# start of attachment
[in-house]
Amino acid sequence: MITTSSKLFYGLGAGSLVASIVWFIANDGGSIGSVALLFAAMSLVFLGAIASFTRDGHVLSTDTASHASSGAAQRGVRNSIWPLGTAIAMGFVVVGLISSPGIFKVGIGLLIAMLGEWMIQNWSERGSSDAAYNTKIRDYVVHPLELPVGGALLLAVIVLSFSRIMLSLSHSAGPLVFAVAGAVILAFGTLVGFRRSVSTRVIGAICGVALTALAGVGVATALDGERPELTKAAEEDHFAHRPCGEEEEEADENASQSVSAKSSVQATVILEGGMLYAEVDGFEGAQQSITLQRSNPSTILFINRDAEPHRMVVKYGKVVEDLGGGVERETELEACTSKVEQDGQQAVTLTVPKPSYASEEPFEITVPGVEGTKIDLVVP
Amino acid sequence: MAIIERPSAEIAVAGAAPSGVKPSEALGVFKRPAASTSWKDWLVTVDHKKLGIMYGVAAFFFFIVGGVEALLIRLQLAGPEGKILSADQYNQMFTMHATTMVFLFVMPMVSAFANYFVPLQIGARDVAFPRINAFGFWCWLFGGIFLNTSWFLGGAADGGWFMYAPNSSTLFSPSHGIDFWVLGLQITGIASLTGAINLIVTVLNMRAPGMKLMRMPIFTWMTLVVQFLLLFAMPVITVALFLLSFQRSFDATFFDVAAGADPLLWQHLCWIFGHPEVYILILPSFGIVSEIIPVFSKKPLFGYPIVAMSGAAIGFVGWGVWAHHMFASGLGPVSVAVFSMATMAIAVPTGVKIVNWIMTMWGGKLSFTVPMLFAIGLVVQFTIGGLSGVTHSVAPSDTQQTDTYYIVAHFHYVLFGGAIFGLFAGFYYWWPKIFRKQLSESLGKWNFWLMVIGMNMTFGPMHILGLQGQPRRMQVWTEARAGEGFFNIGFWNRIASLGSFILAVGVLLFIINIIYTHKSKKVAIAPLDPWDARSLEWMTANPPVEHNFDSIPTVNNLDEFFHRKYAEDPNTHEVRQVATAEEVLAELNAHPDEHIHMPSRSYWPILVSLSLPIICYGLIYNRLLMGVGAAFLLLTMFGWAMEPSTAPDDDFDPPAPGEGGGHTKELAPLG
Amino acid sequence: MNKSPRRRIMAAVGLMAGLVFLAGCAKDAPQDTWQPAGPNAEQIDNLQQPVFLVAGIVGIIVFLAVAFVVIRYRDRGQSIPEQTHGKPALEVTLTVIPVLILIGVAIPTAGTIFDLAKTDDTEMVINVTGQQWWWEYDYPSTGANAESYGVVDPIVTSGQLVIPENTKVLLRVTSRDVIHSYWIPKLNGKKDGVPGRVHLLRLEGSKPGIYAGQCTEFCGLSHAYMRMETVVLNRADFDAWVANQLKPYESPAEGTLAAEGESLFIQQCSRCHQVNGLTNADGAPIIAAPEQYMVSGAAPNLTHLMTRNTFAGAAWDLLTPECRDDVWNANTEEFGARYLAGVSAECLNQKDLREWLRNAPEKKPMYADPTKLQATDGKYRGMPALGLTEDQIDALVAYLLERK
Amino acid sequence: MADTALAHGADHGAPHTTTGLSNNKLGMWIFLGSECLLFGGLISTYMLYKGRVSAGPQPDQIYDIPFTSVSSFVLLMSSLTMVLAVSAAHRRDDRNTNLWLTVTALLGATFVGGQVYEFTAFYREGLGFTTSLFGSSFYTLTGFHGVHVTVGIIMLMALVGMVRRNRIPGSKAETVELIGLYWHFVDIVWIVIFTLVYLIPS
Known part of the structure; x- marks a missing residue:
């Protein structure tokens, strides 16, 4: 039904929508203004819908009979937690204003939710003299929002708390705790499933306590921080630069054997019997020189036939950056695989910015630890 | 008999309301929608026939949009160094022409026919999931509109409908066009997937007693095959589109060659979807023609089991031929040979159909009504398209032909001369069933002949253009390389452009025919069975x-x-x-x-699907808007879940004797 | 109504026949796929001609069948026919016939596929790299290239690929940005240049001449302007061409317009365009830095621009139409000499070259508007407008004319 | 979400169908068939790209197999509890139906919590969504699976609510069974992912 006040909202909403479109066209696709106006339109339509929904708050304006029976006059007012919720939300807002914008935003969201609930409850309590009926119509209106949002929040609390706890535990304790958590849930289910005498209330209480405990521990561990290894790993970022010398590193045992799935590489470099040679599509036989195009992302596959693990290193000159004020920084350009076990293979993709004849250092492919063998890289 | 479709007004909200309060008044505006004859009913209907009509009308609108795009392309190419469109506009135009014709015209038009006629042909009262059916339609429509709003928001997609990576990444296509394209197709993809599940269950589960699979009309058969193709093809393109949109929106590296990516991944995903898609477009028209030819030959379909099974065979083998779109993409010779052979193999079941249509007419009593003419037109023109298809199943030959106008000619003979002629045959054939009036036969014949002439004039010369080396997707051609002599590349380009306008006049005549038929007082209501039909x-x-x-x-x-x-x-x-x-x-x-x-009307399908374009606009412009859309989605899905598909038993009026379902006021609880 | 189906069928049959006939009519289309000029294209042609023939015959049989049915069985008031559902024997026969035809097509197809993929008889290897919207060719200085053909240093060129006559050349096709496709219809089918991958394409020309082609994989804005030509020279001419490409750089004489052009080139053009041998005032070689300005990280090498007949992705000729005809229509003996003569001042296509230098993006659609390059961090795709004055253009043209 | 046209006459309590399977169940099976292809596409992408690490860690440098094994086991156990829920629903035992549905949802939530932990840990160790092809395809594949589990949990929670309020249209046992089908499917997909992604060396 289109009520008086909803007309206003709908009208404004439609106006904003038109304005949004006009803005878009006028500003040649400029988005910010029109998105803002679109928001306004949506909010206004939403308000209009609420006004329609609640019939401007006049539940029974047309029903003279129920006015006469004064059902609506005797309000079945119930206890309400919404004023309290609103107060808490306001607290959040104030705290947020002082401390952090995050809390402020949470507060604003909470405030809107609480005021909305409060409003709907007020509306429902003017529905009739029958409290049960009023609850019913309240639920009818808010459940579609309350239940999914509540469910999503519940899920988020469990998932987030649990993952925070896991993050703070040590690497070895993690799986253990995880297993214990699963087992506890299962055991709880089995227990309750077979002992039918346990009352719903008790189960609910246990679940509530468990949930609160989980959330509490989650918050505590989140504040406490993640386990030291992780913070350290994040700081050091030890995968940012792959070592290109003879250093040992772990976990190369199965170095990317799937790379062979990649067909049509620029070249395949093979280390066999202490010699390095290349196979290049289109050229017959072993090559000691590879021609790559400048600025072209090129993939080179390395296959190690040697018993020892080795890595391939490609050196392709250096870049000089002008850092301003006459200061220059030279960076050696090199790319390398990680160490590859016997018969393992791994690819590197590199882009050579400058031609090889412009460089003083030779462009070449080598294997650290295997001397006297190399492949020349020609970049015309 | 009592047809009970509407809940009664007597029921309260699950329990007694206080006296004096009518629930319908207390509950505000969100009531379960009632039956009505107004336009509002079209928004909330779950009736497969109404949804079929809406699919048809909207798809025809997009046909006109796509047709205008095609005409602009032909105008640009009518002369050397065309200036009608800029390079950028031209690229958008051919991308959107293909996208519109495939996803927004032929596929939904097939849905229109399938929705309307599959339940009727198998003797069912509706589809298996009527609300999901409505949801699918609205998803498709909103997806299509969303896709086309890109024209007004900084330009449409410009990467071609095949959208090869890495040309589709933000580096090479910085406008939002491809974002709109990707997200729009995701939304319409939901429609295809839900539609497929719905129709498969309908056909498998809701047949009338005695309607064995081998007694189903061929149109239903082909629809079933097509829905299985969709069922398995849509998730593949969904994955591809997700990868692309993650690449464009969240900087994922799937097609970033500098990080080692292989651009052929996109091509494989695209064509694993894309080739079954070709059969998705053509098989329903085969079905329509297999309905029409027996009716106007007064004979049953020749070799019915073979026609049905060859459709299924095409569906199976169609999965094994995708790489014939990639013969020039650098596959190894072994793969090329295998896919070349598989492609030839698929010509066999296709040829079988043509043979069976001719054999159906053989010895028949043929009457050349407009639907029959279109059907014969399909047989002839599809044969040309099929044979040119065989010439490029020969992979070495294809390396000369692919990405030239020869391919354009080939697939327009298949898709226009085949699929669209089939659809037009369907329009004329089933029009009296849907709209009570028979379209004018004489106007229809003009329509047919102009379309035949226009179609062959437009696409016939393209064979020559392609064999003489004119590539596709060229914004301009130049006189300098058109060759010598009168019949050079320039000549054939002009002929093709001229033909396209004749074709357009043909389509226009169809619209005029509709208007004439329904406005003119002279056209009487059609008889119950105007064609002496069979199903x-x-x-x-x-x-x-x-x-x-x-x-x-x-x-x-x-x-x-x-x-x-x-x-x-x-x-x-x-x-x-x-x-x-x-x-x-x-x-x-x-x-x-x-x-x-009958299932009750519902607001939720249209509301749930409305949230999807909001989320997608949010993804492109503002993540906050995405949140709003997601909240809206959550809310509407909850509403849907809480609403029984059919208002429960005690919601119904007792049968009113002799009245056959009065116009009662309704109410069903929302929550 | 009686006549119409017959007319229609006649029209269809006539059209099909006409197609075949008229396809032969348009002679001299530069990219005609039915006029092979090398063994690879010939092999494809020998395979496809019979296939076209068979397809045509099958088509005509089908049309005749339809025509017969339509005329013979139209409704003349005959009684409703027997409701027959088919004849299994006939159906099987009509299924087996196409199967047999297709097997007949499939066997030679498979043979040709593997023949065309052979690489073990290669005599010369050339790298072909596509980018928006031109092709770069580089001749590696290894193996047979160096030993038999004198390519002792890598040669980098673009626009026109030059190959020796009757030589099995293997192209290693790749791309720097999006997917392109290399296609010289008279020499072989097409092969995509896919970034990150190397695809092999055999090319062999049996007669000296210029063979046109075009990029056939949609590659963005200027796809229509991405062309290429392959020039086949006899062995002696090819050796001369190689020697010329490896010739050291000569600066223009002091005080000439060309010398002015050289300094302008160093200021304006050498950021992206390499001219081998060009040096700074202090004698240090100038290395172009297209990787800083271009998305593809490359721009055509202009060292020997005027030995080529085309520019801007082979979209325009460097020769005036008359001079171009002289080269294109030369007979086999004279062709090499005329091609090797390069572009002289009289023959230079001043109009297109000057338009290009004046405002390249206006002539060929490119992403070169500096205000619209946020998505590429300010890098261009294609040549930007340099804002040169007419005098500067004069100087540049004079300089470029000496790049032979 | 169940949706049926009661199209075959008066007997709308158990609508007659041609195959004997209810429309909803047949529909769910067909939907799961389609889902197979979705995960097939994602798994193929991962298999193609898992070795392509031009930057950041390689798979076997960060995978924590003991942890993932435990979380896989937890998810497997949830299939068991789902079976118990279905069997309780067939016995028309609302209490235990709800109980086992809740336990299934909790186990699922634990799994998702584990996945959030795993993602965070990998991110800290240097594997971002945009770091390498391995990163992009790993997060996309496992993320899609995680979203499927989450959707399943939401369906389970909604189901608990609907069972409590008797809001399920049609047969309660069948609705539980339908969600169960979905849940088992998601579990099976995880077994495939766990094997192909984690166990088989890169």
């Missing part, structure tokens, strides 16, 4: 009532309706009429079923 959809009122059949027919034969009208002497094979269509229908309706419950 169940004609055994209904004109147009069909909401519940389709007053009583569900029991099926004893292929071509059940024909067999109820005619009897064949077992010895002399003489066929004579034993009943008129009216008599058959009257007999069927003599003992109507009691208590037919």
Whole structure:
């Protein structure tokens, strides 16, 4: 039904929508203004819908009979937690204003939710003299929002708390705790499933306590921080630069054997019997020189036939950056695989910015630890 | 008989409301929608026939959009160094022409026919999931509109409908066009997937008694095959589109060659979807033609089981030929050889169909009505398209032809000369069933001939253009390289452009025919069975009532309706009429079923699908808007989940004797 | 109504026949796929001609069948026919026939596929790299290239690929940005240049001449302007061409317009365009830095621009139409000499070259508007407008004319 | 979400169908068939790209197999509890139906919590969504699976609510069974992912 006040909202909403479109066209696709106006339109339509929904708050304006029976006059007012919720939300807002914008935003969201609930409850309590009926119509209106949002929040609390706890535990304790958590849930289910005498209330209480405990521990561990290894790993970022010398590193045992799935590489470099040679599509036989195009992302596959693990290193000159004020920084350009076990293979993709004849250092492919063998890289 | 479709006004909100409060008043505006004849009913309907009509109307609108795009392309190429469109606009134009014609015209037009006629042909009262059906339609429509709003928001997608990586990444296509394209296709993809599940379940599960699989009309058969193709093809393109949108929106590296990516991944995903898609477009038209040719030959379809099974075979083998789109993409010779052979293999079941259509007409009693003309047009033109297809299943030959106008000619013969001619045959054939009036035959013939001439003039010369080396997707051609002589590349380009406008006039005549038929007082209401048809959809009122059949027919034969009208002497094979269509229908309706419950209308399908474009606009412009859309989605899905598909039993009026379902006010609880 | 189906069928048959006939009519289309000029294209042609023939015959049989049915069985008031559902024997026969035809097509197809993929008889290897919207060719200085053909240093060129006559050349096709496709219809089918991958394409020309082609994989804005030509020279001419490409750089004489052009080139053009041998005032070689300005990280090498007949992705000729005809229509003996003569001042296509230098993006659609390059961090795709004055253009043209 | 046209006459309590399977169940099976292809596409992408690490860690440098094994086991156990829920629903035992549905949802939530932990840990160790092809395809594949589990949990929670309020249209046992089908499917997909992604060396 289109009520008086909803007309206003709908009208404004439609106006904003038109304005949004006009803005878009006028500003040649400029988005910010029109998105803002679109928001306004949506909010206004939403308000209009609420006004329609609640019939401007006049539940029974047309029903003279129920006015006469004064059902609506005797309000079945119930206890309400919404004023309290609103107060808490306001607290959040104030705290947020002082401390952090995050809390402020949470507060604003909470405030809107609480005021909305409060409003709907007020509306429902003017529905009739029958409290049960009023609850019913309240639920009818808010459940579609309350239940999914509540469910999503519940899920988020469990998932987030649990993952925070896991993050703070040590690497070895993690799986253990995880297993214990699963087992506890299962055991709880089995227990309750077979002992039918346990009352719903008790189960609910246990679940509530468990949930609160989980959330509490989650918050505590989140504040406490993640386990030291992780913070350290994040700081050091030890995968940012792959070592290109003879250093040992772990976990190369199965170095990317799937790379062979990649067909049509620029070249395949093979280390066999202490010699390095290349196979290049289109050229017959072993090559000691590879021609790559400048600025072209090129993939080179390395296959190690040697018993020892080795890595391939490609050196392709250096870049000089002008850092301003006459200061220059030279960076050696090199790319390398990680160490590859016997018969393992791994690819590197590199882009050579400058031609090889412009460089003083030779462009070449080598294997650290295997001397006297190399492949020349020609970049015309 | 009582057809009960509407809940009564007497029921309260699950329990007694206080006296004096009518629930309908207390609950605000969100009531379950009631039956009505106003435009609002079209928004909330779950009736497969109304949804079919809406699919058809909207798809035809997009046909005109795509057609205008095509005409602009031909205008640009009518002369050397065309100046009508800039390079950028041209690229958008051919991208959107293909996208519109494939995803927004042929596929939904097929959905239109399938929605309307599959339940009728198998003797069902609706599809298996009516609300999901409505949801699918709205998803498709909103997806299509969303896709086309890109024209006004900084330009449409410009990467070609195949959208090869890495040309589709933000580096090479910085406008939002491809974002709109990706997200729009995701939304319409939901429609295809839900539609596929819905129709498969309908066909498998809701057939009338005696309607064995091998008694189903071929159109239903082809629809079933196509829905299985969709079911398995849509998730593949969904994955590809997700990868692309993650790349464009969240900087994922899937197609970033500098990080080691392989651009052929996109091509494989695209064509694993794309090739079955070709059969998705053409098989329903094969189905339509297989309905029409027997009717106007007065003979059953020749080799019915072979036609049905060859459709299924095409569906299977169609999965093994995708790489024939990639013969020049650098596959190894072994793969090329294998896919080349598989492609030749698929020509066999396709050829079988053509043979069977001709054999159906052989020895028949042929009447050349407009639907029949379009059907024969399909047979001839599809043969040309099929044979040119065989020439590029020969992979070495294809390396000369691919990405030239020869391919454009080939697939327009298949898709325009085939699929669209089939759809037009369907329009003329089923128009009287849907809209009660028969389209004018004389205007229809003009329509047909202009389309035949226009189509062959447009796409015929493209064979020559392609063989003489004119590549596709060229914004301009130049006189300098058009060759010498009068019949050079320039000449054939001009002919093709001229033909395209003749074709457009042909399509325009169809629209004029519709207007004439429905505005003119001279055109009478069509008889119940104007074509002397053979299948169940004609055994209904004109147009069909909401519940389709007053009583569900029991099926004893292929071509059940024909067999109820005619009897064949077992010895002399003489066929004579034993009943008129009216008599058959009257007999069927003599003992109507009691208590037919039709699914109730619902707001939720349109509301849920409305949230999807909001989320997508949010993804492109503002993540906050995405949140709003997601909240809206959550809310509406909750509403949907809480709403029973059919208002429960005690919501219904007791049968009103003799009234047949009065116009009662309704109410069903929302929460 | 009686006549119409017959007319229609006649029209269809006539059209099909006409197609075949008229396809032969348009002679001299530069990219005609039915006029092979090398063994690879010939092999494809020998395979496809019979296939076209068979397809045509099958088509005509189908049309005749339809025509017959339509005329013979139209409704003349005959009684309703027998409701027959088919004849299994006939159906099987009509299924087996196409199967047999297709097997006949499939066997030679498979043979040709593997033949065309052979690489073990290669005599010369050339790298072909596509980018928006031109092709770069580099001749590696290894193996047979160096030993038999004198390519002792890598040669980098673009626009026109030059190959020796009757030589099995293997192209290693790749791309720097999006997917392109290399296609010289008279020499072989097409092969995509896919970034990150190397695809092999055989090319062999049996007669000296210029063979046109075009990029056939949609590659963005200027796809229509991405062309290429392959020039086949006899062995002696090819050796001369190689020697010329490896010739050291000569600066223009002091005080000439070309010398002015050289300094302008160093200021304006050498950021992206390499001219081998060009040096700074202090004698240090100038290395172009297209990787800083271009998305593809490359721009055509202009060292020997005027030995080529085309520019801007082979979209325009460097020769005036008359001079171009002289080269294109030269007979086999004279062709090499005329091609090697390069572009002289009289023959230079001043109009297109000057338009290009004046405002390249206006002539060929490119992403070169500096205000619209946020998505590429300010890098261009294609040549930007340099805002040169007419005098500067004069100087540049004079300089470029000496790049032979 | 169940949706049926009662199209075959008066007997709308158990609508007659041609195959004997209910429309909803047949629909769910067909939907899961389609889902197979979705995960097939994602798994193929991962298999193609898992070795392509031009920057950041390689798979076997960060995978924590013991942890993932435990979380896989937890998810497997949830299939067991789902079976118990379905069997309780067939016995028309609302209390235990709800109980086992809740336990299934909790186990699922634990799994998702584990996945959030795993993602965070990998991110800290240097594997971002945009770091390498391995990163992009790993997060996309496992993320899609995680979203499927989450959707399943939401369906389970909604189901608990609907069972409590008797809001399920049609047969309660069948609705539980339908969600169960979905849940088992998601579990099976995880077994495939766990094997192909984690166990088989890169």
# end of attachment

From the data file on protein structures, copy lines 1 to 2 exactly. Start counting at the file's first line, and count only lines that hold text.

[in-house]
Amino acid sequence: MITTSSKLFYGLGAGSLVASIVWFIANDGGSIGSVALLFAAMSLVFLGAIASFTRDGHVLSTDTASHASSGAAQRGVRNSIWPLGTAIAMGFVVVGLISSPGIFKVGIGLLIAMLGEWMIQNWSERGSSDAAYNTKIRDYVVHPLELPVGGALLLAVIVLSFSRIMLSLSHSAGPLVFAVAGAVILAFGTLVGFRRSVSTRVIGAICGVALTALAGVGVATALDGERPELTKAAEEDHFAHRPCGEEEEEADENASQSVSAKSSVQATVILEGGMLYAEVDGFEGAQQSITLQRSNPSTILFINRDAEPHRMVVKYGKVVEDLGGGVERETELEACTSKVEQDGQQAVTLTVPKPSYASEEPFEITVPGVEGTKIDLVVP